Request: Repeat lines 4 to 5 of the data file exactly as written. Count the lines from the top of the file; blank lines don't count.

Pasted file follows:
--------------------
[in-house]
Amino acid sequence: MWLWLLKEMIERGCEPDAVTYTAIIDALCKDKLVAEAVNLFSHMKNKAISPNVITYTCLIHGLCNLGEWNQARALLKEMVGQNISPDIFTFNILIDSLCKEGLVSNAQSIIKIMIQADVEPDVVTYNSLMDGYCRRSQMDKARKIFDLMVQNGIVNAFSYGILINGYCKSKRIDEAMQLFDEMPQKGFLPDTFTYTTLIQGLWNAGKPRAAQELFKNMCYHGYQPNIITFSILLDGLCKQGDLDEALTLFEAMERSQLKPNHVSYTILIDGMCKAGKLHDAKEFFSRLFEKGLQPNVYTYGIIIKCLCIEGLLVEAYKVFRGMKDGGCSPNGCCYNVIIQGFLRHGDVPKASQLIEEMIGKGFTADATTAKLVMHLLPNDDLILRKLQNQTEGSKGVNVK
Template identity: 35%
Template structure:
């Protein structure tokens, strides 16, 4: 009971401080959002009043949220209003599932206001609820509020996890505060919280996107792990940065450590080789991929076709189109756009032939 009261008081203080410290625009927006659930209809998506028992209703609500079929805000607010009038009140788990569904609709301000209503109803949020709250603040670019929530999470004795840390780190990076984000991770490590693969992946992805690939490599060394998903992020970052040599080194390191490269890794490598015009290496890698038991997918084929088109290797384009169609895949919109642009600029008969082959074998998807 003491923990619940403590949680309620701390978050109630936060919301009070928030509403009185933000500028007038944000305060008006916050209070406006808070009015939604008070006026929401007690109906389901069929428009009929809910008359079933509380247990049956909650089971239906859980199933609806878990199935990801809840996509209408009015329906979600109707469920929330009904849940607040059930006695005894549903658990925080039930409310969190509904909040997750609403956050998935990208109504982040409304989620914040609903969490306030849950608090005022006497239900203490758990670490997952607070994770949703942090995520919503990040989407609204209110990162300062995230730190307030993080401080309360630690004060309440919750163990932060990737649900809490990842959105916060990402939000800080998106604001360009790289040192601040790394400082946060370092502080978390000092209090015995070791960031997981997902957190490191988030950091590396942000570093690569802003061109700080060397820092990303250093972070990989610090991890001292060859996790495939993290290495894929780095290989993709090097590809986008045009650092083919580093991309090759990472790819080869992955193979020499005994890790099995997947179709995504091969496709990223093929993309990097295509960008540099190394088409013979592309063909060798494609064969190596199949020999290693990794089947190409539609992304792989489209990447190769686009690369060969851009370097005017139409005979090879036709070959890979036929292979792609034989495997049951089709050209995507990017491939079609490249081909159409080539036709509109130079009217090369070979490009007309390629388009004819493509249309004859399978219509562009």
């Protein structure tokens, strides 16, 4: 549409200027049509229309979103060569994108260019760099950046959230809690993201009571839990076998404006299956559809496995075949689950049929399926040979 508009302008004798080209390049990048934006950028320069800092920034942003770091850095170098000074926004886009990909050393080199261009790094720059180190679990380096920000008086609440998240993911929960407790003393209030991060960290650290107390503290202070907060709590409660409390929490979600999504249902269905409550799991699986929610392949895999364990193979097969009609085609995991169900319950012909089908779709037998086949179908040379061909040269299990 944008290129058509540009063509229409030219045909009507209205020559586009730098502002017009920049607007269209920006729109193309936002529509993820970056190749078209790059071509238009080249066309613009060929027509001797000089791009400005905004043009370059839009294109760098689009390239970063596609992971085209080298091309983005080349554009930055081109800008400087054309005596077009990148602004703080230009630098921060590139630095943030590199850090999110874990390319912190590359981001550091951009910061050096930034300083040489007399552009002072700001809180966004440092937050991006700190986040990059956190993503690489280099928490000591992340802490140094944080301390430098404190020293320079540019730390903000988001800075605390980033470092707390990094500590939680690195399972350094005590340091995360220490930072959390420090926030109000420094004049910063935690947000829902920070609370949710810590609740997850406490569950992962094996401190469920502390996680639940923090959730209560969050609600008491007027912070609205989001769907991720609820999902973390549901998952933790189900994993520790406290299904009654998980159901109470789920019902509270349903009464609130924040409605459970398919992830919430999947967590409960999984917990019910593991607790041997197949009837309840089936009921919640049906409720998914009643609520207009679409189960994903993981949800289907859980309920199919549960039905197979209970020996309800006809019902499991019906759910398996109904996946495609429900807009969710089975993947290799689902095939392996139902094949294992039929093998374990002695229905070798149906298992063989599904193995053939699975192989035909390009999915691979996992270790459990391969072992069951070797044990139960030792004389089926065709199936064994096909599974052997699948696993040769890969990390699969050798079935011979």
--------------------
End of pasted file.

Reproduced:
Template structure:
């Protein structure tokens, strides 16, 4: 009971401080959002009043949220209003599932206001609820509020996890505060919280996107792990940065450590080789991929076709189109756009032939 009261008081203080410290625009927006659930209809998506028992209703609500079929805000607010009038009140788990569904609709301000209503109803949020709250603040670019929530999470004795840390780190990076984000991770490590693969992946992805690939490599060394998903992020970052040599080194390191490269890794490598015009290496890698038991997918084929088109290797384009169609895949919109642009600029008969082959074998998807 003491923990619940403590949680309620701390978050109630936060919301009070928030509403009185933000500028007038944000305060008006916050209070406006808070009015939604008070006026929401007690109906389901069929428009009929809910008359079933509380247990049956909650089971239906859980199933609806878990199935990801809840996509209408009015329906979600109707469920929330009904849940607040059930006695005894549903658990925080039930409310969190509904909040997750609403956050998935990208109504982040409304989620914040609903969490306030849950608090005022006497239900203490758990670490997952607070994770949703942090995520919503990040989407609204209110990162300062995230730190307030993080401080309360630690004060309440919750163990932060990737649900809490990842959105916060990402939000800080998106604001360009790289040192601040790394400082946060370092502080978390000092209090015995070791960031997981997902957190490191988030950091590396942000570093690569802003061109700080060397820092990303250093972070990989610090991890001292060859996790495939993290290495894929780095290989993709090097590809986008045009650092083919580093991309090759990472790819080869992955193979020499005994890790099995997947179709995504091969496709990223093929993309990097295509960008540099190394088409013979592309063909060798494609064969190596199949020999290693990794089947190409539609992304792989489209990447190769686009690369060969851009370097005017139409005979090879036709070959890979036929292979792609034989495997049951089709050209995507990017491939079609490249081909159409080539036709509109130079009217090369070979490009007309390629388009004819493509249309004859399978219509562009």